SACRAMENTO, Calif. (KTXL) – National Health Insurance Company has agreed to pay more than $1 million to the California Department of Insurance as part of a drug settlement, Insurance Commissioner Ricardo Lara announced Tuesday.
The department is being fined $1.995 million over prescription drug and patient information from an insurance company that officials say was unfair and discriminatory, according to a press release.
Insurance officials say the state’s insurance department said National Health violated California law by failing to post a list of prescription drugs online and charging higher prices for some drugs since 2015. The department said National Health denied consumers the information they needed. theater on Learning.
As of Dec. 31, 2021, National Health will no longer offer health coverage in the small and large employer group markets, according to state officials.
If the company decides to re-enter the health insurance market, there is an agreement with the government requiring National Health to maintain a program that complies with the company’s standards.
“This settlement is a win for consumers and a reminder to other insurance companies that we will continue to comply with California law, protect consumers, and ensure that companies conduct business fairly and transparently,” Lara said in a press release. “California’s law is clear. Insurance companies can’t make prescriptions that target consumers with serious medical conditions.
“Patients should have an accurate, up-to-date list of covered drugs and have the right to make medical decisions based on accurate information,” Lara said.
In its investigation of National Health, the insurance department said the company had several violations in its small and large employer group.
“When National Health posted its prescriptions online in 2019, it was not a prescription drug list, but an outdated list of prescription drugs,” the insurance department said in a release. “The department said the practice encouraged the enrollment of people with certain medical conditions. The mislabeling resulted in reduced benefits for consumers with certain medical conditions, which could deter policyholders from filing complaints or entice policy-seekers to seek coverage elsewhere.”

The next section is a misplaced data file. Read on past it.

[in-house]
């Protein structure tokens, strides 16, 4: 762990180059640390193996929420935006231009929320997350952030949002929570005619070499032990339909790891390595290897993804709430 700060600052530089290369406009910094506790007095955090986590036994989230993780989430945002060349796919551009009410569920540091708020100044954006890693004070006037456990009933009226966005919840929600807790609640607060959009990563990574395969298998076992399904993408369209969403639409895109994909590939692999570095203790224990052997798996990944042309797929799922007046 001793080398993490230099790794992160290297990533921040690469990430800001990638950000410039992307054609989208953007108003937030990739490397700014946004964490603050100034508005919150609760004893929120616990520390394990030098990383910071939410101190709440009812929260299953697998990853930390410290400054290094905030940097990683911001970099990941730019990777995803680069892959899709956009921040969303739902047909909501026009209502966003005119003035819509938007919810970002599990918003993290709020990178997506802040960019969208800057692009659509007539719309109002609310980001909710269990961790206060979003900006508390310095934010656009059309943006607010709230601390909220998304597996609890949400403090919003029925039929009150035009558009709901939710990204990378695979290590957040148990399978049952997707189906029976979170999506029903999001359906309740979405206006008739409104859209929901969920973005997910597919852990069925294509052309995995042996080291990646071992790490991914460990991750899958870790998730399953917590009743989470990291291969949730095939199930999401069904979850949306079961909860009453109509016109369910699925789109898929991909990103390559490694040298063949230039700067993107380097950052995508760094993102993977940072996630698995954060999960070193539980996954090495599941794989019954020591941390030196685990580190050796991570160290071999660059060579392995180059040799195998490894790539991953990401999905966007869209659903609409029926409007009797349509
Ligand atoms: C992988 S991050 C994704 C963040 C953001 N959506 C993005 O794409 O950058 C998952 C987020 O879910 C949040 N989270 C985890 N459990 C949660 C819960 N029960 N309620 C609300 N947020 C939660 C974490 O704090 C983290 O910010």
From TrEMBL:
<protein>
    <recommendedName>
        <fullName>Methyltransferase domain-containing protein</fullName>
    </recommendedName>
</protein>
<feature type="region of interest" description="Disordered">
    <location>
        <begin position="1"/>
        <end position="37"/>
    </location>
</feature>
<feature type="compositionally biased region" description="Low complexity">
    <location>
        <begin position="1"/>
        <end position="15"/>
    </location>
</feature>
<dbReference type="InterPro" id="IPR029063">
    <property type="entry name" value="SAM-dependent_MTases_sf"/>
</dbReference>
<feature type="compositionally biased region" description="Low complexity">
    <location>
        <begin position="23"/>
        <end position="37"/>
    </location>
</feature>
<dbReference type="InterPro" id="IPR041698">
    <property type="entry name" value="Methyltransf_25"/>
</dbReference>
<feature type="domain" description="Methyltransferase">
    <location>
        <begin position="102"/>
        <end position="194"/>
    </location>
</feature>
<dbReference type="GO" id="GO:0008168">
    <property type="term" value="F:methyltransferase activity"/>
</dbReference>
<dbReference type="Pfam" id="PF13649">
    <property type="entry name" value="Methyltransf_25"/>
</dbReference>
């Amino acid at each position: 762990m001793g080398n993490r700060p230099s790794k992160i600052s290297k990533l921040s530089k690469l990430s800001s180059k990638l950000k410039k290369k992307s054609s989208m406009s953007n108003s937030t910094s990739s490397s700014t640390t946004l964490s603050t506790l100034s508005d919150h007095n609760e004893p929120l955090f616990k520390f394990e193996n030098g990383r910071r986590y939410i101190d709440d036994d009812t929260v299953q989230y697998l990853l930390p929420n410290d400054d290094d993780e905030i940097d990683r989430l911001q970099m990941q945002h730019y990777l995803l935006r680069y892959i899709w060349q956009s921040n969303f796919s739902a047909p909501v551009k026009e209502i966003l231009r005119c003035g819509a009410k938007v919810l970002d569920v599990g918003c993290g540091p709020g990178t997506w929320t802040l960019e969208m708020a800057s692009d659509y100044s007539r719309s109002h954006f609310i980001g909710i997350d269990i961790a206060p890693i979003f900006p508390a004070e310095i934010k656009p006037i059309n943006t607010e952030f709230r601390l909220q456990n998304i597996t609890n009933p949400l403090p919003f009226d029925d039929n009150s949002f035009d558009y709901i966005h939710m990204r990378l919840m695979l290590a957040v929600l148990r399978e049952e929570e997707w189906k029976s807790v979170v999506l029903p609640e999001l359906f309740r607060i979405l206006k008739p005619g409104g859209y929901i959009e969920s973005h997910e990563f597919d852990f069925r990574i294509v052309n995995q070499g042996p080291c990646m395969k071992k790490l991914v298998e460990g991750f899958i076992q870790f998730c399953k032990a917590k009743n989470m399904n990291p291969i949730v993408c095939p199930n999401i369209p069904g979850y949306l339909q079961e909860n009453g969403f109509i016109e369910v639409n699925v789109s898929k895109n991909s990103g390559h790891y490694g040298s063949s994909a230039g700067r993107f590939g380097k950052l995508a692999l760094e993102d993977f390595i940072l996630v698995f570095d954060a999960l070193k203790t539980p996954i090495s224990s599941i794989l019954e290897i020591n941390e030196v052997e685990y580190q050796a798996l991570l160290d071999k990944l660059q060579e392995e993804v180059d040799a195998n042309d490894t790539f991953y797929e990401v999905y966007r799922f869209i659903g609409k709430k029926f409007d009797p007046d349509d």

According to officials, the department says National Health has placed nearly all immunosuppressive drugs for rejection, all covered drugs for multiple sclerosis, HIV, hepatitis B, and hepatitis C in the high-cost category, regardless of name.
By putting both drugs at higher prices, the department said “people with chronic conditions may have been discouraged” from enrolling for treatment because of the cost.
Insurance officials said National Health requires prior authorization for all HIV drugs. According to the department, prior authorization allows the insurance provider to determine whether a drug is necessary before it is sold, instead of leaving the decision to the patient’s doctor.
“The need to obtain a prior authorization may cause delays and denial of medication to a consumer whose physician has determined that the prescribed medication is medically necessary,” insurance officials said.
Contraceptives, contraceptives, and other pharmacy products were placed in a category where they should be placed without cost in groups according to cost sharing for patients, officials said.
According to the Department of Insurance, health insurance companies cannot provide coverage that discriminates against people with chronic illnesses in California. Companies must provide services that “guarantee the availability of outpatient drugs,” the department said.
State health insurance policies also require copayments, coinsurance, and other cost-sharing for patients to be appropriate for patients so that they can receive treatment that is appropriate for outpatient treatment.